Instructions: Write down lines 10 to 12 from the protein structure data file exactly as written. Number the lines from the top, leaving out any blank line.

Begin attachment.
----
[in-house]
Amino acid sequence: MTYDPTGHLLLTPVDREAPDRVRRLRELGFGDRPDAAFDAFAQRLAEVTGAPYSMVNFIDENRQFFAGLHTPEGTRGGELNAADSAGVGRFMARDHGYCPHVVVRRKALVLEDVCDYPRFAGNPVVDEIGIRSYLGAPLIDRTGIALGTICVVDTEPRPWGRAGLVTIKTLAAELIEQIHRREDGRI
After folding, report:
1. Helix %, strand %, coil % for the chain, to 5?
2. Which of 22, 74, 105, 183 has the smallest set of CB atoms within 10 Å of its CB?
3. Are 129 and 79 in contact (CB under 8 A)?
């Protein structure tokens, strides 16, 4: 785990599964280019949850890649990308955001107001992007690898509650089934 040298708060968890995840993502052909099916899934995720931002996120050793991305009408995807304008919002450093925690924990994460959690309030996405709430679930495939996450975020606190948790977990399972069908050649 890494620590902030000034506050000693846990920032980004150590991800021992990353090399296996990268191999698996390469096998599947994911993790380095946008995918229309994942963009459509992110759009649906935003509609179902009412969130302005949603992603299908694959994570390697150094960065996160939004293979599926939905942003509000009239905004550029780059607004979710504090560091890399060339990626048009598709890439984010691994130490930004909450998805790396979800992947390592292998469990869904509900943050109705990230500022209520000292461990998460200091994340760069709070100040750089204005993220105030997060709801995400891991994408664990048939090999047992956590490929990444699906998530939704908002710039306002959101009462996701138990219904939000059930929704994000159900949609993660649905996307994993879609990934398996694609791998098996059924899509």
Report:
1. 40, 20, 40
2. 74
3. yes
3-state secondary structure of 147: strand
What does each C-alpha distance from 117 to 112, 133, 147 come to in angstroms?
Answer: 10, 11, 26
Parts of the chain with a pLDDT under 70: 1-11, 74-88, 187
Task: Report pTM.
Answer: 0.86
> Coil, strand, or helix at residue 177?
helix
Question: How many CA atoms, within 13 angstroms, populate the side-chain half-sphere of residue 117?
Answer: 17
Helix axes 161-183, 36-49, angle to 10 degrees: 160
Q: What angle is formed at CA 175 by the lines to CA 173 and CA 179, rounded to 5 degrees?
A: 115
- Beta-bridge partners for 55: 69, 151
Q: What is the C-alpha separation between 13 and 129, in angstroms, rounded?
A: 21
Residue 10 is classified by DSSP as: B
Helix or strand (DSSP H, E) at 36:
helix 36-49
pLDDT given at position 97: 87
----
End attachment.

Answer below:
2. 74
3. yes
3-state secondary structure of 147: strand